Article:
Snap Inc., the parent of sexting app-turned-media giant Snapchat, minted plenty of new millionaires — and billionaires — as the company’s stock soared 44 percent on Thursday in its first day as a public company.
Trading on the New York Stock Exchange under the ticker symbol SNAP, Snap Inc. opened at $24 a share — $7 above its IPO price — and continued building momentum throughout the day. By market close, the Los Angeles tech company with two twenty-something founders was valued at $28.7 billion, larger than established media giants like Dish Network and Viacom.
Here’s how Snap’s auspicious debut compares with other recently-public tech companies:
Mark Zuckerberg’s social network currently carries a market cap of more than $400 billion, but it had an inauspicious debut in May 2012, requiring the help of underwriters buying back shares to close a few cents above its IPO price of $38. Technical glitches also delayed the start of Facebook’s first trading day by 30 minutes.
Facebook’s stock dipped during nine of the 13 trading days following its IPO and had a very slow summer, bottoming out at $17.55 on Sept. 4, 2012. However, investors who stayed patient were rewarded in spades, as Facebook closed on Thursday at $136.76 a share.
Facebook’s erstwhile rival Twitter has had almost the exact opposite experience since becoming a public company. The 140-character messaging service that has become the de facto White House press office had a huge pop on its first trading day, closing at $44.90 a share on Nov. 7, 2013 — a nearly 73 percent jump over its $26 a share offering price.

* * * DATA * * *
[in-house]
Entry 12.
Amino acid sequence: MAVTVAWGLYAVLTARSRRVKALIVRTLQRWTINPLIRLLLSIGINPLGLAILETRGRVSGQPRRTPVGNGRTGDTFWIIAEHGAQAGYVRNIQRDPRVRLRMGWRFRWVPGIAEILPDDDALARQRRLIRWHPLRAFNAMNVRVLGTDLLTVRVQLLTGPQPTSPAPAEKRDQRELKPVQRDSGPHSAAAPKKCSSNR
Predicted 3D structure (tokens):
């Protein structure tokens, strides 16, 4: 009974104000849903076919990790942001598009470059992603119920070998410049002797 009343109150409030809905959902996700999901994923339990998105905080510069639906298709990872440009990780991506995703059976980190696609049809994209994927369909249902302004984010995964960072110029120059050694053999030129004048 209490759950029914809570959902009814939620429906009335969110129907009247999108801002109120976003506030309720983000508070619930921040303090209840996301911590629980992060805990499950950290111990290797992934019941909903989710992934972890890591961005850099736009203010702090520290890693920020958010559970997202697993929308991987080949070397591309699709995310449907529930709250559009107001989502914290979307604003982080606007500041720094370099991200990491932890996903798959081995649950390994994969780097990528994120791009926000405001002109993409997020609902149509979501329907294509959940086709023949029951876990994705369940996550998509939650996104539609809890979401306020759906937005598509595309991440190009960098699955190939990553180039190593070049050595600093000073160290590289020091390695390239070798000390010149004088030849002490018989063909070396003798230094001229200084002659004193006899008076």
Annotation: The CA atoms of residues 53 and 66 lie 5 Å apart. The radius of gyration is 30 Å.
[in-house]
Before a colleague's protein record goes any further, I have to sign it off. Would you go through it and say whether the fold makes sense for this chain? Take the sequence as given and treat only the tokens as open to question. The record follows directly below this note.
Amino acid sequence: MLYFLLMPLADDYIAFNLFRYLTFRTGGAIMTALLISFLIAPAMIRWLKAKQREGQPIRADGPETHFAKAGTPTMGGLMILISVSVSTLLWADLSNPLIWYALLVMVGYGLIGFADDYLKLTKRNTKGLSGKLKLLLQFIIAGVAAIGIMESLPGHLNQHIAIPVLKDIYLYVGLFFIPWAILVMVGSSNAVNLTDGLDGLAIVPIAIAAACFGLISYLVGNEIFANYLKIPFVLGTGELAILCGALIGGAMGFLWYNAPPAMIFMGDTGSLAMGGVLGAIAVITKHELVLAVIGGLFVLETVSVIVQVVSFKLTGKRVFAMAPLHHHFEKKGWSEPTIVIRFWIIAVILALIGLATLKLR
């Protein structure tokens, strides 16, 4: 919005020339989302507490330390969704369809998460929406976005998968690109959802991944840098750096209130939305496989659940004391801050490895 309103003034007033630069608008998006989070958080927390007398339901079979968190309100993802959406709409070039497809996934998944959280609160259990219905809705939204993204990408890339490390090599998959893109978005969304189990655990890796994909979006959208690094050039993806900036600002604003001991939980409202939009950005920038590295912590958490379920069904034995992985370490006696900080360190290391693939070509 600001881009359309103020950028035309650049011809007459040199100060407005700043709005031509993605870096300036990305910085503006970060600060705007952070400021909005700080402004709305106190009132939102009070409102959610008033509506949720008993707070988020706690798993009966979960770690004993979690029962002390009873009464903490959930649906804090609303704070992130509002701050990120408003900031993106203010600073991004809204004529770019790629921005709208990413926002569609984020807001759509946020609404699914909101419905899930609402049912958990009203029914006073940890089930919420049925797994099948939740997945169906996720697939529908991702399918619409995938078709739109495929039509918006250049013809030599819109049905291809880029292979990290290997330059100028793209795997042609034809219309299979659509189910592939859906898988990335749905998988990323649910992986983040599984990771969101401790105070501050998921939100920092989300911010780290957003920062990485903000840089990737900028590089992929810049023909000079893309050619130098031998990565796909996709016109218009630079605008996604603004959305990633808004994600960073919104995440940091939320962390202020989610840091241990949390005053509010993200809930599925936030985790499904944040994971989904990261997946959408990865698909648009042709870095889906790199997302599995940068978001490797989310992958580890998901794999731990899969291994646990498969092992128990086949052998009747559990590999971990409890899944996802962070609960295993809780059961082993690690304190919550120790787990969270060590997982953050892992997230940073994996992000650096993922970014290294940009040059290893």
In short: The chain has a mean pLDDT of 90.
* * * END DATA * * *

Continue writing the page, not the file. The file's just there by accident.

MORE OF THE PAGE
But with plenty of executive turmoil, slow growth and a core product that has barely evolved in nearly a decade, Wall Street quickly fell out of love with the San Francisco company. While investors went crazy for Snap shares Thursday, Twitter closed at $15.79 a share — far below its offering price.
Snap was the biggest tech IPO since China’s Alibaba, which itself was the biggest one of all-time. Jack Ma’s e-commerce and media conglomerate closed its first day of trading, Sept. 19, 2014, at $93.89 a share, a 38 percent jump from its $68 offering price. Since then, the stock has been on a relative rollercoaster, breaking $115 a share and dipping below $60, but has taken advantage of the early 2017 bull market. Alibaba closed the day at $103.19 a share.